In part 1, I gave some examples to recover XOR keys from encoded executables if we knew some of the content of the unencoded file (known plaintext attack).
In this part, I give some examples to automate this process using my xor-kpa tool.
xor-kpa.py takes 2 files as input: the first file contains the plaintext, and the second file the encoded file. We are going to search for string "This program cannot be run in DOS mode". So we should put this string in a file and use it as input, but because I often use this string, xor-kpa also has this string as predefined plaintext: dos. This plaintext can be selected with option -n:
xor-kpa displays some potential keys, in ascending order of extra characters.
Value Key is the recovered key, and Key (hex) is the hexadecimal representation of the key (in case the key would not be printable).
Keystream is the keystream, from which xor-kpa extracted the key by looking for repeating strings.
Extra is the difference between the length of the keystream and the length of the key. If this is just one character, the proposed key is very unlikely to be the encoding key. Output can be filtered by requiring a minimum value for extra by using option -e.
Divide is the number of times the key is present in the keystream.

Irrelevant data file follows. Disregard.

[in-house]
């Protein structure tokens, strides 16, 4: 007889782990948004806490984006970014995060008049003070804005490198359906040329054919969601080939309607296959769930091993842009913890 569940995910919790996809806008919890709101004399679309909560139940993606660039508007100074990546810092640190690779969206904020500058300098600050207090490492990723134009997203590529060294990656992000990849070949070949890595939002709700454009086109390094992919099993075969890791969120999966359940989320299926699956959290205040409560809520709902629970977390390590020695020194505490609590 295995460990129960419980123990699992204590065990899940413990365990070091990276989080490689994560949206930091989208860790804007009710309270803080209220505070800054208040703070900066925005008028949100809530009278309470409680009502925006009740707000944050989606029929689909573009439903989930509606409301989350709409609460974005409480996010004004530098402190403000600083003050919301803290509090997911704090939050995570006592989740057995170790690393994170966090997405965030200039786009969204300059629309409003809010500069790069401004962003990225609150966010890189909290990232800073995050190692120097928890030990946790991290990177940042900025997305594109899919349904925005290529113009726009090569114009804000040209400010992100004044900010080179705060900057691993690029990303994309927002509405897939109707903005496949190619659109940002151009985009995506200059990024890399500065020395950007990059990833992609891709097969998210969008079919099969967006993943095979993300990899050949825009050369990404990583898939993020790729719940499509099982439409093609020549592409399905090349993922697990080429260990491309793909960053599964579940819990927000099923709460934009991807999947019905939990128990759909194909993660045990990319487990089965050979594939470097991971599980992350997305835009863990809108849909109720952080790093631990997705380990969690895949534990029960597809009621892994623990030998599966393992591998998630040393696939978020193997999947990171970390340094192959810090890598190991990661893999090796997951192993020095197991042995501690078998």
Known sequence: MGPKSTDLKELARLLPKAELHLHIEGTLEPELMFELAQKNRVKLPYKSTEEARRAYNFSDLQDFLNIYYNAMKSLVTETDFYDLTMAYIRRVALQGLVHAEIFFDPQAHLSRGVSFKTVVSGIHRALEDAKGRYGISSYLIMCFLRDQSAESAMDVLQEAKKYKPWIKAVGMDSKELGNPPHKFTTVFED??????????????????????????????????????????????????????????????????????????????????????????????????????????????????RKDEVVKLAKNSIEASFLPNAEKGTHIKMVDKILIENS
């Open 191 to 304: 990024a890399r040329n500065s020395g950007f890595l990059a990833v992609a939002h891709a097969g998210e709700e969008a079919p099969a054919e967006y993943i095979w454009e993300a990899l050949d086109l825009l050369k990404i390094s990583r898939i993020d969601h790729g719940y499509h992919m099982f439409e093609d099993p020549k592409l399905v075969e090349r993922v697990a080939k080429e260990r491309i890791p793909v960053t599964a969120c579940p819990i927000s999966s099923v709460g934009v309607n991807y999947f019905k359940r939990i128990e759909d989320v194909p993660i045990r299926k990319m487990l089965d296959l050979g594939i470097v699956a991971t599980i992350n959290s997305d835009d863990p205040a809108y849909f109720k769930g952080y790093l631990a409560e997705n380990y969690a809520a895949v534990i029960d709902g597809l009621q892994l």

And counts reports the number of times the same key was recovered at different positions in the encoded file.
So by using this known plaintext (This program cannot be run in DOS mode) with the encoded file, xor-kpa proposes a number of keys. In this example, the key with the highest number of extra characters is the actual encoding key (Password).
Another way to recover the key we saw yesterday, is looking for sequences of null bytes (0x00) which have been encoded. xor-kpa.py can do this too, by giving 000000000000... as plaintext. We could create a file containing null bytes, but it's also possible to provide the plaintext in hex on the command line using notation #h#:
As this can be long to type, we can also use notation #e# to instruct xor-kpa to build a sequence by repetition. Here we created a sequence of 256 bytes with value zero (0x00):
The key was recovered, and the count is very high, so it's very likely that the executable contains sequences of 0x00 bytes even longer than 256 bytes.
Another known plaintext that can be used in executables with an embedded manifest (as resource), is PADDINGXX:
Here we use a sequence of ten times the string PADDINGXX as known plaintext:
Please post a comment is you have ideas for other known plaintexts in executables.
Jun 6th 2017
7 months ago
There are a few handy ones on the macOS side of the fence. `/Library/Caches` or similar will be present a few times in anything built by Xcode. On any Objective-C or Swift application built for macOS you'll see a ton of references to `NSApplication` by name, as well as `performSelector:` and `performSelector:withObject:`. Though short and typically not compactly repeating the way padding bytes and chains of nulls are, the frequency of these would allow you to patch together the overall key from multiple misaligned instances.
Jun 8th 2017
7 months ago